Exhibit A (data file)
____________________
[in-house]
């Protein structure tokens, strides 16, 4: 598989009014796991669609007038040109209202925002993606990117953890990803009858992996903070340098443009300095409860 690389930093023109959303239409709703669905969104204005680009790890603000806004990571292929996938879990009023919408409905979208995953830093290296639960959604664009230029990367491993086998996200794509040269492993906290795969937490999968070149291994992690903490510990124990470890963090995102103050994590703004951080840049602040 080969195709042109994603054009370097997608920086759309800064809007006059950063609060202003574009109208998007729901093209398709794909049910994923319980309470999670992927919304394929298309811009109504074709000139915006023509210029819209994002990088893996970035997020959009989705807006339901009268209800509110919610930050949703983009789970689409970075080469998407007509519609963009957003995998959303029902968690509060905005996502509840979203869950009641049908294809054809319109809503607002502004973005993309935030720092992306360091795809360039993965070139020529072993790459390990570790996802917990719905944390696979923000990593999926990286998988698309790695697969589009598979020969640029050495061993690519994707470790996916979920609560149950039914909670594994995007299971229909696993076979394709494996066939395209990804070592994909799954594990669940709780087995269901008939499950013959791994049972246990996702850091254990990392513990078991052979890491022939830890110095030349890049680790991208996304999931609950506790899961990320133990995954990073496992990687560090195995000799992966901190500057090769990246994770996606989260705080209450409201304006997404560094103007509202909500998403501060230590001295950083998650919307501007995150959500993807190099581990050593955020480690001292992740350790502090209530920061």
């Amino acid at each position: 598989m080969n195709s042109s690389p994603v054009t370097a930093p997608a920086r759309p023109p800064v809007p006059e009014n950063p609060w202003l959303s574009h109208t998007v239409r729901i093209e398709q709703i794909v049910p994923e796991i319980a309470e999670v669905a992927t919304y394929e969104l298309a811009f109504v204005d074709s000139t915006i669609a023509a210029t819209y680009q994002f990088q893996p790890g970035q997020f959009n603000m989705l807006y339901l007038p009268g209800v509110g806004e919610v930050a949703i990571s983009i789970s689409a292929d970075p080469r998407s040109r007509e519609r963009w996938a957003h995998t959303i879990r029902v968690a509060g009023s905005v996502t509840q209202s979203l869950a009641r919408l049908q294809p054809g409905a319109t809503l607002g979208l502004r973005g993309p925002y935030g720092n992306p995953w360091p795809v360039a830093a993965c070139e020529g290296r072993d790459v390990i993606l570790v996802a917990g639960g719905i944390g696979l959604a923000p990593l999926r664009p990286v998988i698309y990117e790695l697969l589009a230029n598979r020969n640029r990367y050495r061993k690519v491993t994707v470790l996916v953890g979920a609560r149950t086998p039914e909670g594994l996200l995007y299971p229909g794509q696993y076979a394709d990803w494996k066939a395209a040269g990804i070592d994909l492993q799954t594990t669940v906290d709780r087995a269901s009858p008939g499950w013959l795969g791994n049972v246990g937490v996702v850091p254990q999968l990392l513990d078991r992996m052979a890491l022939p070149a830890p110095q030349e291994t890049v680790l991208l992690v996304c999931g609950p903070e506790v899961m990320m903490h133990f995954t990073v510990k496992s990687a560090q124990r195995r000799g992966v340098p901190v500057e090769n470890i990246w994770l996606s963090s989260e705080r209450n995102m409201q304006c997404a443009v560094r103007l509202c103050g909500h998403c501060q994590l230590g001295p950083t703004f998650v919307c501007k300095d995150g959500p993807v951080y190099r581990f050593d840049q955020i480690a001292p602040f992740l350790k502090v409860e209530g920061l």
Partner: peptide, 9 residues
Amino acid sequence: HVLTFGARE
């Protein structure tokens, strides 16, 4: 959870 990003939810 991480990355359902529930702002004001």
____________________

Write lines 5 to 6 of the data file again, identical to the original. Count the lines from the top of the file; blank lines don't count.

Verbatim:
Amino acid sequence: HVLTFGARE
């Protein structure tokens, strides 16, 4: 959870 990003939810 991480990355359902529930702002004001």